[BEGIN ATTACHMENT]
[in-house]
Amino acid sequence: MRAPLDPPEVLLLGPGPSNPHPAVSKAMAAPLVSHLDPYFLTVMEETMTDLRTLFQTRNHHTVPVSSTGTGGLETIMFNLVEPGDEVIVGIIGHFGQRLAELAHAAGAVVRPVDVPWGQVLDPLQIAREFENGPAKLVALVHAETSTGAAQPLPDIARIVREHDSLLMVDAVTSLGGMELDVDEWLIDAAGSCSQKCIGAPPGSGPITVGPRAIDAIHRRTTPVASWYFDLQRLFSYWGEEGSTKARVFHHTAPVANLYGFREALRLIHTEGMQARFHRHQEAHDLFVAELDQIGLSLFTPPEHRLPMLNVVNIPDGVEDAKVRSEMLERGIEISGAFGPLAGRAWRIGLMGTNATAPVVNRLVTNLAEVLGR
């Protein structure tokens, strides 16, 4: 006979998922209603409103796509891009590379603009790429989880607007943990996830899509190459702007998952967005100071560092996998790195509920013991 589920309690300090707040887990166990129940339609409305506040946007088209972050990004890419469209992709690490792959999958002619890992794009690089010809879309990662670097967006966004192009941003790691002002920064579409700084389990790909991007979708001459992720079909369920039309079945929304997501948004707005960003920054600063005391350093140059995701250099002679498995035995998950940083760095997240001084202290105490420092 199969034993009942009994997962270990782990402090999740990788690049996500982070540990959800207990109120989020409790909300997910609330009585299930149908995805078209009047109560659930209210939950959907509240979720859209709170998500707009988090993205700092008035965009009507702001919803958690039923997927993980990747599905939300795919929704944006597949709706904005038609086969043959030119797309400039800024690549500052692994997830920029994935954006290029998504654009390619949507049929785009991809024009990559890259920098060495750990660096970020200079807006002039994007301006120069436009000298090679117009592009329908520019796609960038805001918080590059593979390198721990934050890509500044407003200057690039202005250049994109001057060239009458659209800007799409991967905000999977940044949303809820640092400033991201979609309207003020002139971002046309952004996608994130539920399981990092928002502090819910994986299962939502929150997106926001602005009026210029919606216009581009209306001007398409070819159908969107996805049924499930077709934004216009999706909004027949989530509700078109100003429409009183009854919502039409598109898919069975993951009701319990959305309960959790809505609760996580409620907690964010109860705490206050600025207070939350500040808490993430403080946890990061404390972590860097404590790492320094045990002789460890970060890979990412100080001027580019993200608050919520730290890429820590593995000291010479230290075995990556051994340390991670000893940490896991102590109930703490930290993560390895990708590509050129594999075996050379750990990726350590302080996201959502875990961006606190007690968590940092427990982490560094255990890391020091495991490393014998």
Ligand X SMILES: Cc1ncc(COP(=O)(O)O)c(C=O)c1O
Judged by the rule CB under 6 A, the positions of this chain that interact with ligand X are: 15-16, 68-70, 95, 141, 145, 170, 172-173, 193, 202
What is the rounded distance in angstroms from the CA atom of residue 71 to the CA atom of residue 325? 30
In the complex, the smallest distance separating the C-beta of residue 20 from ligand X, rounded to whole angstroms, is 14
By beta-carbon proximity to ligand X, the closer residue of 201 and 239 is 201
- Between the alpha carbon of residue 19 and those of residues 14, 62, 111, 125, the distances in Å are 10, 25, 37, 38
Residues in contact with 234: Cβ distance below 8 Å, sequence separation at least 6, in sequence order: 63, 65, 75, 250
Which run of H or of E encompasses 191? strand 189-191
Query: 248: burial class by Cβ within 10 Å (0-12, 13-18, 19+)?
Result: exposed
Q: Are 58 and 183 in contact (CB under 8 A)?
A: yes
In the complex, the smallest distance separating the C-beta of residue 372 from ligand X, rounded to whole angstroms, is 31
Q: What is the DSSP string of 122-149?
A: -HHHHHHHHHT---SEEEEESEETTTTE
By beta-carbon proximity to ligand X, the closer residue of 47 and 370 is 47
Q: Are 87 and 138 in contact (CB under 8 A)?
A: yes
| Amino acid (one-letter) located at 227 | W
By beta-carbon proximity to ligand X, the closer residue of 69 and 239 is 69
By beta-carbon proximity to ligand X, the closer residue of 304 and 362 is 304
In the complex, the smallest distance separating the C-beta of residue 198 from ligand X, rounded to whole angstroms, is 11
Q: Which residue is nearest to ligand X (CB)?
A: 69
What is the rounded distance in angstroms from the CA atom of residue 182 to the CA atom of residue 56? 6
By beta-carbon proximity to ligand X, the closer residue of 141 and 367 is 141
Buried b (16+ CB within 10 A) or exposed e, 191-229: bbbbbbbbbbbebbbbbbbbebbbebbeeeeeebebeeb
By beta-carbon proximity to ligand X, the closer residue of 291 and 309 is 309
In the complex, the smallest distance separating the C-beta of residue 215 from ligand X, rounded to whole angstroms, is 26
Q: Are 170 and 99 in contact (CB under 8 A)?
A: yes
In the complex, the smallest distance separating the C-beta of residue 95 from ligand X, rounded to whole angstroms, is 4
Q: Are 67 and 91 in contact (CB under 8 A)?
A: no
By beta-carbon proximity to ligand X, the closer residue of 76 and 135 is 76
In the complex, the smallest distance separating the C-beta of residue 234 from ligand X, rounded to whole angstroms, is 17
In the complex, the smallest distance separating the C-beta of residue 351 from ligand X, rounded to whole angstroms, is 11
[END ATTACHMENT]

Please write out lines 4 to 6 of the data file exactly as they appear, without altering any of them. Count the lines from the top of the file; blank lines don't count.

Ligand X SMILES: Cc1ncc(COP(=O)(O)O)c(C=O)c1O
Judged by the rule CB under 6 A, the positions of this chain that interact with ligand X are: 15-16, 68-70, 95, 141, 145, 170, 172-173, 193, 202
What is the rounded distance in angstroms from the CA atom of residue 71 to the CA atom of residue 325? 30